Critical materials for water electrolysers at the example of the energy transition in Germany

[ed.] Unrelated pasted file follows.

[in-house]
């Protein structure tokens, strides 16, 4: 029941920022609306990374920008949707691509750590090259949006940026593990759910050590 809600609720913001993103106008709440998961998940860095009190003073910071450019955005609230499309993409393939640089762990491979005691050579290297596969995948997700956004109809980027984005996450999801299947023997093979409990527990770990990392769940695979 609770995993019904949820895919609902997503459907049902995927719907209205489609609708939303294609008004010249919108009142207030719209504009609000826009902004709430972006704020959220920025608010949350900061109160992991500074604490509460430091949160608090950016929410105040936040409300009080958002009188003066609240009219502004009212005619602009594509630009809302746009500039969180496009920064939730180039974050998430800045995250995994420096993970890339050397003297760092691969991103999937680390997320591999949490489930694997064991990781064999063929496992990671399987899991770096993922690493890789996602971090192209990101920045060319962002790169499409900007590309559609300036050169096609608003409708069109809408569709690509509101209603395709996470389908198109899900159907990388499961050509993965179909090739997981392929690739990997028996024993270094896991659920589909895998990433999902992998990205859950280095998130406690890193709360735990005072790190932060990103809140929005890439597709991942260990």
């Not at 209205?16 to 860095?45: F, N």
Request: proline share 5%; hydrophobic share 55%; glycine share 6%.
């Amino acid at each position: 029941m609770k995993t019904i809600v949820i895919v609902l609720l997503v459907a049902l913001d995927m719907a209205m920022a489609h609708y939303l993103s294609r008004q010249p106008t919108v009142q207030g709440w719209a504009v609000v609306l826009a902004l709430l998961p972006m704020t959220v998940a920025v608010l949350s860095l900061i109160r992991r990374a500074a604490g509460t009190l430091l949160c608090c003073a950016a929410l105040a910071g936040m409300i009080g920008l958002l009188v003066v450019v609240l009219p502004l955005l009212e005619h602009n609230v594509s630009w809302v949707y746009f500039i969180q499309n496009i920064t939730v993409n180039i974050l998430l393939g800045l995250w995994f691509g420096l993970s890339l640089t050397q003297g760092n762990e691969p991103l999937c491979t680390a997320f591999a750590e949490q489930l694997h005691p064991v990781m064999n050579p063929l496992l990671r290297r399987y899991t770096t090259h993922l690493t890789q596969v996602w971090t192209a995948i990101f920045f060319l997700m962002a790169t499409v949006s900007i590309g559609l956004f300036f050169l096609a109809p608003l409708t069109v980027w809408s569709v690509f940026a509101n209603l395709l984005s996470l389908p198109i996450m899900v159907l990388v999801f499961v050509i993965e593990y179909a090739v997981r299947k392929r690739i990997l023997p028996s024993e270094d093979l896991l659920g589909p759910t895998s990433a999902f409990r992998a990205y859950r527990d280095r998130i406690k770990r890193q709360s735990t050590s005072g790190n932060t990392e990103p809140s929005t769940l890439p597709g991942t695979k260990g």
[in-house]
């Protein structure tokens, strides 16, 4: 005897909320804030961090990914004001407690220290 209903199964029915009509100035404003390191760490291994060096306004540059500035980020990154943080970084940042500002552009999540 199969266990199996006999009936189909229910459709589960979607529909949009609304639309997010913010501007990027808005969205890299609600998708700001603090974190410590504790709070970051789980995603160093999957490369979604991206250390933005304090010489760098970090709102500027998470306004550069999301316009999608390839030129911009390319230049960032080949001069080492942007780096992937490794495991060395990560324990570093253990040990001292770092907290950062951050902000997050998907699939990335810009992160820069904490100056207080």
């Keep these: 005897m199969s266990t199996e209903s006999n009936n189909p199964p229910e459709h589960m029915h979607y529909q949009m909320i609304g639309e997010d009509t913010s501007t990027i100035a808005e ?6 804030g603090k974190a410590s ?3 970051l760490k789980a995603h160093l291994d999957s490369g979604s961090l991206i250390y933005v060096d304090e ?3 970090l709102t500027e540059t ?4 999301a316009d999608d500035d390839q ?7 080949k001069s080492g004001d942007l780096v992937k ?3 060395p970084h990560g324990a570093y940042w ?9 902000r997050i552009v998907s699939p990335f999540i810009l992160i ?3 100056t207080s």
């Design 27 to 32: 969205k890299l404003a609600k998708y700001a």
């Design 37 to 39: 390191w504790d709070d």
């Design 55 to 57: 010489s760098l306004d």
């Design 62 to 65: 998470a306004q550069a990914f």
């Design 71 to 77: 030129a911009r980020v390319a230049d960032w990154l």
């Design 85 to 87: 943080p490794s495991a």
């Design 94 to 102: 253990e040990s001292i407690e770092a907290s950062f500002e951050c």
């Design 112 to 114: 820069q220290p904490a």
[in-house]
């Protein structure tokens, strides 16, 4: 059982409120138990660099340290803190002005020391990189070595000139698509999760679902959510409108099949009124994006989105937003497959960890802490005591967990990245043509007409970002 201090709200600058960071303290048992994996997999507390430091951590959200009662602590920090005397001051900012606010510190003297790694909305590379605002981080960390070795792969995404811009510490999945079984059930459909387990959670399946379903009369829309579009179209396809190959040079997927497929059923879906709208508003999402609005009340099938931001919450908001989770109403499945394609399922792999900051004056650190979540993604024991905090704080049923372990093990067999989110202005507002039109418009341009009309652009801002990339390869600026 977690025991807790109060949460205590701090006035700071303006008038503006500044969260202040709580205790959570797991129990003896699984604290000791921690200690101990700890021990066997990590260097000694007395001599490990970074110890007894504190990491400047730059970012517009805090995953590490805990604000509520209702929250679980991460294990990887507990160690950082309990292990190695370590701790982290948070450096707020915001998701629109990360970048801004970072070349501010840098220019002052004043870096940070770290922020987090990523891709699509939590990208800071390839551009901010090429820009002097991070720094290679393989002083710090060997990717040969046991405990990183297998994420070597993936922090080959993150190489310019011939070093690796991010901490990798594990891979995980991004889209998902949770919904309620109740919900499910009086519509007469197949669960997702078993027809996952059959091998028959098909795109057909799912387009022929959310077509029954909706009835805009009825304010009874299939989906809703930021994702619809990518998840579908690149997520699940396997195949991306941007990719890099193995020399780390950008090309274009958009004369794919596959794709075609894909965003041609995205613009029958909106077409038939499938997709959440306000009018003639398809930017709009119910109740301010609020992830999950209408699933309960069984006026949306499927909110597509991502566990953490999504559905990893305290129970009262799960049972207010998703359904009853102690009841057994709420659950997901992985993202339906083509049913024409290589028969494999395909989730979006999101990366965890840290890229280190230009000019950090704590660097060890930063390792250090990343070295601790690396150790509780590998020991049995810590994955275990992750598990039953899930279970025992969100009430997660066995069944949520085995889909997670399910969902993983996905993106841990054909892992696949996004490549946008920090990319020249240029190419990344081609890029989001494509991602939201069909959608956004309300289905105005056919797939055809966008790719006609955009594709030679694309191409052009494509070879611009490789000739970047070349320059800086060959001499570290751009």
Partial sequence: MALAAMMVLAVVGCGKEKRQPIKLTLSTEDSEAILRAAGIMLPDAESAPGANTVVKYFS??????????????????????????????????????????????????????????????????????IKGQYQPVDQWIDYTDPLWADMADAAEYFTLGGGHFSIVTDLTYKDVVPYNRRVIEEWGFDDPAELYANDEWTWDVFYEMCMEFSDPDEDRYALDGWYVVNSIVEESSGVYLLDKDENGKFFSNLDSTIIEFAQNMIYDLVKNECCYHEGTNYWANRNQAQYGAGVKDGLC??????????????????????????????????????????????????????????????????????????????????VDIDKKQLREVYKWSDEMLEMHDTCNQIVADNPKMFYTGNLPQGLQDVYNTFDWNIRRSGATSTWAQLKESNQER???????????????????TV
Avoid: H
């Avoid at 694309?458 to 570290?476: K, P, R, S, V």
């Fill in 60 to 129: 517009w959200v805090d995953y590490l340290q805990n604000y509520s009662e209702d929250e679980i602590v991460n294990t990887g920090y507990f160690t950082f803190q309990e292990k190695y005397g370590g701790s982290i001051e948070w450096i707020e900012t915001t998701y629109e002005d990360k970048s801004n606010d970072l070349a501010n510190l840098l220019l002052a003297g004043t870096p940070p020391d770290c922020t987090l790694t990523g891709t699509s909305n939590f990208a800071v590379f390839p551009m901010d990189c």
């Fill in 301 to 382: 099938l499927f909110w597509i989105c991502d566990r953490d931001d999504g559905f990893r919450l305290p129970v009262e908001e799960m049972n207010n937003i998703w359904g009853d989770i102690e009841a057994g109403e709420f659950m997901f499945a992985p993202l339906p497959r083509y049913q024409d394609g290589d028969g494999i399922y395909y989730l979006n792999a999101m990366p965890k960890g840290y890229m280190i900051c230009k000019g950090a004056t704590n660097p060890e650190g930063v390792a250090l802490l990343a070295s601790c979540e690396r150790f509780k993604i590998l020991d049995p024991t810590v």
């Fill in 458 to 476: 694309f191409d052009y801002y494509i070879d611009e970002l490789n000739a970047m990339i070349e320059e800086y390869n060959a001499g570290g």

The present work aims to identify critical materials in water electrolysers with potential future supply constraints. The expected rise in demand for green hydrogen as well as the respective implications on material availability are assessed by conducting a case study for Germany. Furthermore, the recycling of end-of-life (EoL) electrolysers is evaluated concerning its potential in ensuring the sustainable supply of the considered materials. As critical materials bear the risk of raising production costs of electrolysers substantially, this article examines the readiness of this technology for industrialisation from a material perspective. Except for titanium, the indicators for each assessed material are scored with a moderate to high (platinum) or mostly high (iridium, scandium and yttrium) supply risk. Hence, the availability of these materials bears the risk of hampering the scale-up of electrolysis capacity. Although conventional recycling pathways for platinum, iridium and titanium already exist, secondary material from EoL electrolysers will not reduce the dependence on primary resources significantly within the period under consideration - from 2020 until 2050. Notably, the materials identified as critical are used in PEM and high temperature electrolysis, whereas materials in alkaline electrolysis are not exposed to significant supply risks.